September 9, 2011
Diamondback Moth Host-Parasite Interaction Unraveled
Important implications for global pest-control
The diamondback moth, Plutella xylostella, is one of the world's most destructive crop pests. It has developed resistance to many chemical and biological pesticides, and the estimated global cost of controlling this insect is approximately US$1billion annually.
In a new article published in the open access journal BMC Genomics, researchers from Australia have identified the genes expressed when the diamondback moth is attacked by a parasitic wasp, which could have significant implications for controlling this notorious pest. Asgari and colleagues, from the University of Queensland, use transcriptome profiling to provide the first-ever comprehensive analysis of the impact of a parasitoid wasp on its host. The transcriptomic profiling datasets obtained in this study — a powerful approach with which to study parasitization — provide a basis for further research in this underexplored host-parasitoid interaction.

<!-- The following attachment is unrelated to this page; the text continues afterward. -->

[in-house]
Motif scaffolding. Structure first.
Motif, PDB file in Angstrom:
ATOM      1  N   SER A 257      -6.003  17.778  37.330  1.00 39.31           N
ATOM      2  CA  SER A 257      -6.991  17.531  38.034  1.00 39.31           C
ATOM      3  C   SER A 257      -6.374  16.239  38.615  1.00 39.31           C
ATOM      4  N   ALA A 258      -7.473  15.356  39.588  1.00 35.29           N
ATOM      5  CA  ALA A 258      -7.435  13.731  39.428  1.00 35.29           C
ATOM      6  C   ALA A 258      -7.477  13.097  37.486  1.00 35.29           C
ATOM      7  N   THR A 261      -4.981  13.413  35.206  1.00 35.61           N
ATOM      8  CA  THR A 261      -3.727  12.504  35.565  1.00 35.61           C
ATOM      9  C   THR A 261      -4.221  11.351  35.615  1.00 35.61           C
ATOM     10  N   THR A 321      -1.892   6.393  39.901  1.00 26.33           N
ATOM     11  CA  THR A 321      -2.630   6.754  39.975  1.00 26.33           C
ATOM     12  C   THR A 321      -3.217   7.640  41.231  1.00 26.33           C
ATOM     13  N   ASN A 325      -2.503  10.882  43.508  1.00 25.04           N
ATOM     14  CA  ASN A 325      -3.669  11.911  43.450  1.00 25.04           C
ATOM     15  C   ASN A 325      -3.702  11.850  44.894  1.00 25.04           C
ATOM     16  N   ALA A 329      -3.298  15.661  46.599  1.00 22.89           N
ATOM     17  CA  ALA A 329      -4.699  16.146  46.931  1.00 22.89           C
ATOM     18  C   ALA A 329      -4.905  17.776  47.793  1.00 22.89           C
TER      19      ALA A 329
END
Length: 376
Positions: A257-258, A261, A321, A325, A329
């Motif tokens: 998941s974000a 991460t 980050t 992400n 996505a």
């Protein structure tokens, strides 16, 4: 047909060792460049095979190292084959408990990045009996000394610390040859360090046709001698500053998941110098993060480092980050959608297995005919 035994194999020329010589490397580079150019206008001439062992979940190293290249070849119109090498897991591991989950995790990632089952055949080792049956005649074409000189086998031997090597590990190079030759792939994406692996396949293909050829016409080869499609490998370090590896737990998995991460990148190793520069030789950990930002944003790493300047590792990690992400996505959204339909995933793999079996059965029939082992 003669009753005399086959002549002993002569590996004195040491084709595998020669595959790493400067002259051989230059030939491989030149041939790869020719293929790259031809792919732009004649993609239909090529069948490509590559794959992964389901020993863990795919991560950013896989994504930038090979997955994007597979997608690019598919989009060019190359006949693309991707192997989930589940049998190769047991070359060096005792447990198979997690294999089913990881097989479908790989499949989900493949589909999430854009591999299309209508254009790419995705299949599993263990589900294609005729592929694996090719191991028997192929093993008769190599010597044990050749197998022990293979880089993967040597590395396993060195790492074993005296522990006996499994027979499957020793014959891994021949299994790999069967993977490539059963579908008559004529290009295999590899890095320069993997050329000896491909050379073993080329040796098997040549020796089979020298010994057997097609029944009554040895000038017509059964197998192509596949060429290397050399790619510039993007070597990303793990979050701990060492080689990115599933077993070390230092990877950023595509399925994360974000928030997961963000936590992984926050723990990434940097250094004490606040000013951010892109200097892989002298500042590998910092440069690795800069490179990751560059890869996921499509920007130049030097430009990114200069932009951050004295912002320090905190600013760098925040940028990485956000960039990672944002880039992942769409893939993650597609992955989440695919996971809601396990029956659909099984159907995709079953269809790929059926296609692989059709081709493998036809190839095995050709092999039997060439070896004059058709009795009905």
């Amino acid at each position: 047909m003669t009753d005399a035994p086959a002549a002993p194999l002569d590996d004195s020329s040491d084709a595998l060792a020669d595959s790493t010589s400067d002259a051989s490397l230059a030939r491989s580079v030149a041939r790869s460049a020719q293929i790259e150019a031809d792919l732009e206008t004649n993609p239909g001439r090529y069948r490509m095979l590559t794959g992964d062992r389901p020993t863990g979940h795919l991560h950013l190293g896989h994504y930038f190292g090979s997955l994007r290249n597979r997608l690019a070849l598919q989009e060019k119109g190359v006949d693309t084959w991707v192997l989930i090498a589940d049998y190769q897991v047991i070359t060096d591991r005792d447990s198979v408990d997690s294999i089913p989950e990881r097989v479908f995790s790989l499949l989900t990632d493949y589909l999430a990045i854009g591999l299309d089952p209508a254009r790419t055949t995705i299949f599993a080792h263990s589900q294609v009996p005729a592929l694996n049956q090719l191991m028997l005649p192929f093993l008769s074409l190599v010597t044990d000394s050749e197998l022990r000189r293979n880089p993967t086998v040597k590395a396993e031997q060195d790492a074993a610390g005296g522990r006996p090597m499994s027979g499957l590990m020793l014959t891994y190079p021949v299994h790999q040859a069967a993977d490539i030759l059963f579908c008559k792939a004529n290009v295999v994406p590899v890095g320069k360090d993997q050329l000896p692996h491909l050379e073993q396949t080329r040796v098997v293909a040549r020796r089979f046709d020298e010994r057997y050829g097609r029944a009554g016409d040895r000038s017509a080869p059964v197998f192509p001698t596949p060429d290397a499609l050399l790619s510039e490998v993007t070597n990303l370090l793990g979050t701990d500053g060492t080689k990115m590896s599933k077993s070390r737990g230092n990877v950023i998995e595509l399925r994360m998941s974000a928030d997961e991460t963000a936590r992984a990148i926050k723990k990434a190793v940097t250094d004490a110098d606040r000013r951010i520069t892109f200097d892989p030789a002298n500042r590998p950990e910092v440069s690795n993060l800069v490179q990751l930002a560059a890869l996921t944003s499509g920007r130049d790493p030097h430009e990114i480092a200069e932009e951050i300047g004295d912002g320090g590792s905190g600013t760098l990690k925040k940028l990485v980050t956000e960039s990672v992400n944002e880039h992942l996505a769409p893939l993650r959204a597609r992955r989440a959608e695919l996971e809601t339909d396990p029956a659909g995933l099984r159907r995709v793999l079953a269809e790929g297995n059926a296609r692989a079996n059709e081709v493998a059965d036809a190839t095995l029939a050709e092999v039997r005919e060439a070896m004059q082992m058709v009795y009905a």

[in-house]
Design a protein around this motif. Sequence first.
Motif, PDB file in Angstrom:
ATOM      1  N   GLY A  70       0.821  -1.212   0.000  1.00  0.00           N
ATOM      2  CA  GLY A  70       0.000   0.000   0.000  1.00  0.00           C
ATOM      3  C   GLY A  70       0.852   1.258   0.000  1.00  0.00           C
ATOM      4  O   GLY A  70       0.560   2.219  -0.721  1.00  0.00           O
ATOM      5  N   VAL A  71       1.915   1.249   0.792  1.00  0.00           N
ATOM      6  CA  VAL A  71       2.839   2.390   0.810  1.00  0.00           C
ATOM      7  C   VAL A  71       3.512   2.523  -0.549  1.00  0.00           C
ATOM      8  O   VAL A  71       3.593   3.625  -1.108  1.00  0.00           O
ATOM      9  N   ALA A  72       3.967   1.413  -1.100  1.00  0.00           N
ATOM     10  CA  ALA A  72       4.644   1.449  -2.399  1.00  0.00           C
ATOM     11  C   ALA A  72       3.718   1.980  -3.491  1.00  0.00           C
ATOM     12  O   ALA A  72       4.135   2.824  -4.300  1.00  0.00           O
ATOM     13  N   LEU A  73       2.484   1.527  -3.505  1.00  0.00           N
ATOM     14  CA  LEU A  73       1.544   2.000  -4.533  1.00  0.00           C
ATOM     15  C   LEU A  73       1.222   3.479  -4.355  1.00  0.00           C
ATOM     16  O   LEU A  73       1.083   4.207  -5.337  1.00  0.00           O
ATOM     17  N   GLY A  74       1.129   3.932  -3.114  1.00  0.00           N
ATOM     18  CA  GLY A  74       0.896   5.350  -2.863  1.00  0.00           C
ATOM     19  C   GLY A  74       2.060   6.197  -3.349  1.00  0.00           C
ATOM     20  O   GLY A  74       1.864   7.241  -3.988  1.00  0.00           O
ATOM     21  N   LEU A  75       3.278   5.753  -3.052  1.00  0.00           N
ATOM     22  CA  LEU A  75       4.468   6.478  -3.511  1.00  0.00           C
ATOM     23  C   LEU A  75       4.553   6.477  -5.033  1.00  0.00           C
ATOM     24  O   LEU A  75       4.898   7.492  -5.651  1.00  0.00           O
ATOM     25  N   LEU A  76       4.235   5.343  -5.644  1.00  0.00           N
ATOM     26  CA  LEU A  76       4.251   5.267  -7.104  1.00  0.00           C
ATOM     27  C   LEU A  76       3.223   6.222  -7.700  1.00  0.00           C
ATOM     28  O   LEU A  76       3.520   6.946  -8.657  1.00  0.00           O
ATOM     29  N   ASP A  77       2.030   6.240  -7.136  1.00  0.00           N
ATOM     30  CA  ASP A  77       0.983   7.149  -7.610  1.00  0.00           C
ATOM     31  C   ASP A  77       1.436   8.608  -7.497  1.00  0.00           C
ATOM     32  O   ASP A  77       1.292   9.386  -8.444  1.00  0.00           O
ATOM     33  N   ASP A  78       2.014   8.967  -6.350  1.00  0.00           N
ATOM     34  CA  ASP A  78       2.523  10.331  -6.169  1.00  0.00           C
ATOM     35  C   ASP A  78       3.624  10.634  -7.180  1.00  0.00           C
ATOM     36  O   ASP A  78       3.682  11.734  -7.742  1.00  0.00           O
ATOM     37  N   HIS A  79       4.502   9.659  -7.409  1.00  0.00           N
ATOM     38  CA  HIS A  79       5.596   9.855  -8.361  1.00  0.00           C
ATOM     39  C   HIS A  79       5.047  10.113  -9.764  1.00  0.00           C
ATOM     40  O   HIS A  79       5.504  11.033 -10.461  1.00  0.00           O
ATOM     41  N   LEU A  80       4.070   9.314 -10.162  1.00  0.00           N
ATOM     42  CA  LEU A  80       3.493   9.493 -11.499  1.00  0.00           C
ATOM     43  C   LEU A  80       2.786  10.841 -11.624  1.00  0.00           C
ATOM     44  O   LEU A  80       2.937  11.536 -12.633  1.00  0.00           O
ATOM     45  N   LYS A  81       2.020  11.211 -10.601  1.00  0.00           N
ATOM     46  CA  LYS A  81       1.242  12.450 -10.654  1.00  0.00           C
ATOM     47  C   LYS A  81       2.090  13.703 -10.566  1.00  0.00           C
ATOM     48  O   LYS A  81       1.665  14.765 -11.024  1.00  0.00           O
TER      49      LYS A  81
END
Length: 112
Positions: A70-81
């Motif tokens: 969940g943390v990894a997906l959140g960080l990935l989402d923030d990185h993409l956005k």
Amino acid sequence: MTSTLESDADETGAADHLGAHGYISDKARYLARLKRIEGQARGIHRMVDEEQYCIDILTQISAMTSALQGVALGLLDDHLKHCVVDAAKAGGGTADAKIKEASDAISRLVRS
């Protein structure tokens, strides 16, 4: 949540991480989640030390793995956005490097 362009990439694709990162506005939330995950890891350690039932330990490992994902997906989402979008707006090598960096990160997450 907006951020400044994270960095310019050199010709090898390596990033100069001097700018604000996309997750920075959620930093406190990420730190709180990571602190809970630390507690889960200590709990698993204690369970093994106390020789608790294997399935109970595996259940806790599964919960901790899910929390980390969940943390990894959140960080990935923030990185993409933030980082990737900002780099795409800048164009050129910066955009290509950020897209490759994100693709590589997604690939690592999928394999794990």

Diadegma semiclausum, the parasitic wasp, attacks P. xylostella by injecting its eggs into the moth larvae. The wasps then manipulate the hosts' physiology in favour of their developing larvae by introducing secretions that contain symbiotic viruses, such as polydnavirus (PDV), into the host. PDVs suppress the hosts' immune system and stall metabolism and development. Research so far has concentrated mainly on individual genes of PDV, in order to explore their function following parasitization, but never before has so comprehensive a profiling study been conducted.
Asgari and his team used an RNA deep sequencing technique called Illumina to identify the symbiotic PDV D. semiclausum ichnovirus (DsIV) genes expressed in the host and compared their sequences with other reported PDVs. Their novel study provides detailed information on the differential expression of P. xylostella larval genes following parasitization, as well as on the DsIV genes expressed in the host. The genes identified here may be targets that allow for the control and manipulation of host-parasite interactions.
Dr Asgari said, "This emphasizes the necessity for the continued development of innovative alternative control measures and resistance management strategies. Parasitoid regulatory molecules can be used to improve pest control strategies in sustainable agriculture."
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